"It was probably lost in everything that happened," Reutimann said. "I got a good run off Turn 2 and got the back of the 88. I hit him as hard as I could hit him. I gave him an extra shove and it worked out well for me and it worked out really well for him."
Reutimann's Toyota went from 12th to fifth, his best finish in four Daytona 500s and seven Sprint Cup races at the track.
Without a drafting partner, the middle lane was no-man's land, a spot where you go dead in the water. Earnhardt could have slipped back many positions in the run to the checkered flag.
"It didn't appear the middle was a place to make ground on," Reutimann said. "The middle was not producing a lot of results there. You had to have a pretty good run. It was the last lap, you had to go for it. He (Earnhardt) was already making his move to the center, it seemed right to make the move at that time."
Reutimann knocked Earnhardt so far ahead, he didn't have a drafting partner any more.
"I got under the 33 (Bowyer) and got to the back bumper of the 16 (Biffle) going across start finish," Reutimann said.
It was a savvy move by Reutimann to seize the opportunity of Earnhardt flying down the middle, further evidence that the late bloomer has blossomed into an A list Cup driver. This is Reutimann's fourth Cup season and he'll be 40 on March 2.
"It (fifth) was a great way to start the season," Reutimann said. "It was good timing. It just happened to be one of those times I got in the right line."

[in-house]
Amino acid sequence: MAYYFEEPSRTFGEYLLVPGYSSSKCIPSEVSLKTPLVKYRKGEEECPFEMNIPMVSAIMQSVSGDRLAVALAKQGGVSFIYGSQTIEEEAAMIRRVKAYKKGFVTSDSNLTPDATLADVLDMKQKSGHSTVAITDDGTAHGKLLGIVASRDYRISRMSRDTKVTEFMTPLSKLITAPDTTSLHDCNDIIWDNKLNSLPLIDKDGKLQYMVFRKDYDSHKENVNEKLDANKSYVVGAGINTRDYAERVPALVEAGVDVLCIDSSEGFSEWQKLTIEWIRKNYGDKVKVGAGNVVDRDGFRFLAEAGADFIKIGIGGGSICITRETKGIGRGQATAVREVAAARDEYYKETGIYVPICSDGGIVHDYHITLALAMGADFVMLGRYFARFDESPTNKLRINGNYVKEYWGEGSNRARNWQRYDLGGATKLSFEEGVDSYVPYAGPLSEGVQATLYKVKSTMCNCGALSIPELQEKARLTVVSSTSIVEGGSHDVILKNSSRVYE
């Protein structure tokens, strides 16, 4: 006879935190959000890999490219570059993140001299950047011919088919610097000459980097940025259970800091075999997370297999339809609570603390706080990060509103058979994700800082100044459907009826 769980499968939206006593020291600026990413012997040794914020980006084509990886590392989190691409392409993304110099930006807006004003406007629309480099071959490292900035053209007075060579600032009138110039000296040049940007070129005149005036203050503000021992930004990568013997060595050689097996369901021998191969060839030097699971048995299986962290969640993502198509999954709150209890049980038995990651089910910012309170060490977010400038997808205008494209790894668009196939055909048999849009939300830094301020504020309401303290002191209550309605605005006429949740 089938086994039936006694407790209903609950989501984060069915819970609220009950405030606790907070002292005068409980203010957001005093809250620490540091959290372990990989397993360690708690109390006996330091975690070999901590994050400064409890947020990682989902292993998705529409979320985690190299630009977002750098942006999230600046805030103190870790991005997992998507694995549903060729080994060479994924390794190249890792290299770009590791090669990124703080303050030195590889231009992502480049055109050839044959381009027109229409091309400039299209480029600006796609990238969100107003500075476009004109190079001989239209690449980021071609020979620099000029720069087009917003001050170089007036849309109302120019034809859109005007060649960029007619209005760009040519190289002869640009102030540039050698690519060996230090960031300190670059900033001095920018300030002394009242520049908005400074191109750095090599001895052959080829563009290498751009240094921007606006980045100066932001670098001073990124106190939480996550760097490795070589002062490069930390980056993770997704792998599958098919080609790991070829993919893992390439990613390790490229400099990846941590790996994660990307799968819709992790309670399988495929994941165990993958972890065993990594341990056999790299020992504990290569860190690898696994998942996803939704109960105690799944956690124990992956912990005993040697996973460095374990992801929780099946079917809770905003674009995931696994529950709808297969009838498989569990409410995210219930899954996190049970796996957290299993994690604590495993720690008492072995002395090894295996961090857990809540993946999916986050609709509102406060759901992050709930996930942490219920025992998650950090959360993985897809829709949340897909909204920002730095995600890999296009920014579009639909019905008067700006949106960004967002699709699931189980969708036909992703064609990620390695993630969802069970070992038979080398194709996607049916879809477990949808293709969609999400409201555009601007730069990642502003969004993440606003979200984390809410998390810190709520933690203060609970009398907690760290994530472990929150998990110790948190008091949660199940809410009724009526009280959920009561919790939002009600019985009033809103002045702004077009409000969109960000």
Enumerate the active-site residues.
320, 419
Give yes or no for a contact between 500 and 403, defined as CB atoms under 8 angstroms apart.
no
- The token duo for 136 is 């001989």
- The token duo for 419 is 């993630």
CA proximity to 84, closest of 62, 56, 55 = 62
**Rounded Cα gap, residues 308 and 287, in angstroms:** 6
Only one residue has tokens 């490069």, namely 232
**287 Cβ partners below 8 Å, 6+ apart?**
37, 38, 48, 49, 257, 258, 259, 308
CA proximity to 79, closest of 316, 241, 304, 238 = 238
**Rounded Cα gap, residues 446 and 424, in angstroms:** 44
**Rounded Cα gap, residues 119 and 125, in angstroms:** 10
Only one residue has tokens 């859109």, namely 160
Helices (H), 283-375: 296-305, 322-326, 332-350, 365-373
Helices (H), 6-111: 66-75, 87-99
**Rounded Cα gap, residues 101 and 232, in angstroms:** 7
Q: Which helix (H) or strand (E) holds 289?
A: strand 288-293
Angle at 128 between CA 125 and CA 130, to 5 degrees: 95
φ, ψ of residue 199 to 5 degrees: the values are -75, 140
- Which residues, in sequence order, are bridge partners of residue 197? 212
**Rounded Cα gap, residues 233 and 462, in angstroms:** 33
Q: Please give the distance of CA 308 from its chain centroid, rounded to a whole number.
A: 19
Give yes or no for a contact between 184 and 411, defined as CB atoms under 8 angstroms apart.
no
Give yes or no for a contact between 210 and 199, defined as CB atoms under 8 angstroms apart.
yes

Daytona's restrictor plate racing requires a different skill and mindset than everywhere except Talladega, and it typically takes time to learn. Some guys never get it. Reutimann does. His previous best finish at Daytona was 12th, last year.
"You kind of react to what happens," he said. "I think certain guys are better at it than others. I'm still learning, trying to hone my craft. It's an art for sure."
"Martin had a tremendous day," Reutimann said. "He was up front all day long. For us to have two cars in the top 10, that's solid runs and solid results."
Reutimann was a Chase contender last year, finishing 16th in the points. He won the rain-shortened 567.5-mile race at Charlotte in May and had four more top-fives, the first of his career. In 2008, he was 22nd in points with his initial top-10s (four) in Cup. You can chart his progress.
"We've come a long way in a short amount of time," Reutimann said.
"All-in-all, we've covered a lot of ground. It's not the same team we started with, but we've got more ground to cover."
Reutimann's goal is the Chase. It's realistic. He believes he'll be there in September when the 10-race playoff begins.
"Absolutely," je said. "At least at our team and within our organization, it's expected. If we don't, then it's going to be a little hard to deal with.
"Getting in the Chase is a big deal, but winning some races along the way to do that is definitely a priority. If you win races, then your chances of getting in the Chase are a lot better with the points gained that day. Our goal is to win races and be consistent, that's our main goal. Sometimes you lose focus so much on trying to win races that trying to get top-five finishes or top-10 finishes are what ultimately will get us into the Chase. You have to be aggressive, but you can't lose sight of what you're really trying to do."
Reutimann heads to California for Sunday's second race of the season at the Auto Club Speedway with momentum.
"It's very important," he said. "It's always helpful to start the season strong."